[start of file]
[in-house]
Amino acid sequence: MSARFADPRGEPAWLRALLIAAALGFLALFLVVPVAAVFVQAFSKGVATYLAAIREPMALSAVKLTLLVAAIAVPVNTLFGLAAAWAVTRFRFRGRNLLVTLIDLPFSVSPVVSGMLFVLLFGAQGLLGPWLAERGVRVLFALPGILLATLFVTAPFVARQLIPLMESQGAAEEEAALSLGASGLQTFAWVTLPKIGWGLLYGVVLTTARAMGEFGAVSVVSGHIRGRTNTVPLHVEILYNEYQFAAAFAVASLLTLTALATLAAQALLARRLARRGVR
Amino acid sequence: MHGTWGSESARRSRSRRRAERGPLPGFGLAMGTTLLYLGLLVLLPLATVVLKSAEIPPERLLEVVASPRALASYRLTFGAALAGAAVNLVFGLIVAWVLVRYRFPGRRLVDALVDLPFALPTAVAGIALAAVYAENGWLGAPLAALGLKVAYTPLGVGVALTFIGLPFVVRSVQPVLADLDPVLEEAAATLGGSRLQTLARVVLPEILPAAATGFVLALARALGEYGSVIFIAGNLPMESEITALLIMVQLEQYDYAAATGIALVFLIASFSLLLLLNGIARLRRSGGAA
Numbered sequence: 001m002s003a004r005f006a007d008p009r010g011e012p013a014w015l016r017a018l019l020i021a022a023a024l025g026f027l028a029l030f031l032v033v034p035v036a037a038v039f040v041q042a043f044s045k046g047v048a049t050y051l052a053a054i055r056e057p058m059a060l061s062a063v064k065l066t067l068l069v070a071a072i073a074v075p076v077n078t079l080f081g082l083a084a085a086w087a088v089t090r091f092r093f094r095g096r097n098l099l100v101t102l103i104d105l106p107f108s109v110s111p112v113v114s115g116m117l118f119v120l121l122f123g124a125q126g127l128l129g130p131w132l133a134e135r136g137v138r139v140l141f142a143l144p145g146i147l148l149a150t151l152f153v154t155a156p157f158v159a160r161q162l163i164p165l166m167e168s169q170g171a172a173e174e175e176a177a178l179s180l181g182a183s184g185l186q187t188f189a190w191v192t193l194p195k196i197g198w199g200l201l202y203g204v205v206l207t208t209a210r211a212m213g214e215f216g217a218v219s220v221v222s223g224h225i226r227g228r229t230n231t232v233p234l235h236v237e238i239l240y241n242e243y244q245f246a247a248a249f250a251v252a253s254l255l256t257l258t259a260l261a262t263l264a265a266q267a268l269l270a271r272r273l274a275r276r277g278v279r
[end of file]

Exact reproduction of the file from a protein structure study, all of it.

[in-house]
Amino acid sequence: MSARFADPRGEPAWLRALLIAAALGFLALFLVVPVAAVFVQAFSKGVATYLAAIREPMALSAVKLTLLVAAIAVPVNTLFGLAAAWAVTRFRFRGRNLLVTLIDLPFSVSPVVSGMLFVLLFGAQGLLGPWLAERGVRVLFALPGILLATLFVTAPFVARQLIPLMESQGAAEEEAALSLGASGLQTFAWVTLPKIGWGLLYGVVLTTARAMGEFGAVSVVSGHIRGRTNTVPLHVEILYNEYQFAAAFAVASLLTLTALATLAAQALLARRLARRGVR
Amino acid sequence: MHGTWGSESARRSRSRRRAERGPLPGFGLAMGTTLLYLGLLVLLPLATVVLKSAEIPPERLLEVVASPRALASYRLTFGAALAGAAVNLVFGLIVAWVLVRYRFPGRRLVDALVDLPFALPTAVAGIALAAVYAENGWLGAPLAALGLKVAYTPLGVGVALTFIGLPFVVRSVQPVLADLDPVLEEAAATLGGSRLQTLARVVLPEILPAAATGFVLALARALGEYGSVIFIAGNLPMESEITALLIMVQLEQYDYAAATGIALVFLIASFSLLLLLNGIARLRRSGGAA
Numbered sequence: 001m002s003a004r005f006a007d008p009r010g011e012p013a014w015l016r017a018l019l020i021a022a023a024l025g026f027l028a029l030f031l032v033v034p035v036a037a038v039f040v041q042a043f044s045k046g047v048a049t050y051l052a053a054i055r056e057p058m059a060l061s062a063v064k065l066t067l068l069v070a071a072i073a074v075p076v077n078t079l080f081g082l083a084a085a086w087a088v089t090r091f092r093f094r095g096r097n098l099l100v101t102l103i104d105l106p107f108s109v110s111p112v113v114s115g116m117l118f119v120l121l122f123g124a125q126g127l128l129g130p131w132l133a134e135r136g137v138r139v140l141f142a143l144p145g146i147l148l149a150t151l152f153v154t155a156p157f158v159a160r161q162l163i164p165l166m167e168s169q170g171a172a173e174e175e176a177a178l179s180l181g182a183s184g185l186q187t188f189a190w191v192t193l194p195k196i197g198w199g200l201l202y203g204v205v206l207t208t209a210r211a212m213g214e215f216g217a218v219s220v221v222s223g224h225i226r227g228r229t230n231t232v233p234l235h236v237e238i239l240y241n242e243y244q245f246a247a248a249f250a251v252a253s254l255l256t257l258t259a260l261a262t263l264a265a266q267a268l269l270a271r272r273l274a275r276r277g278v279r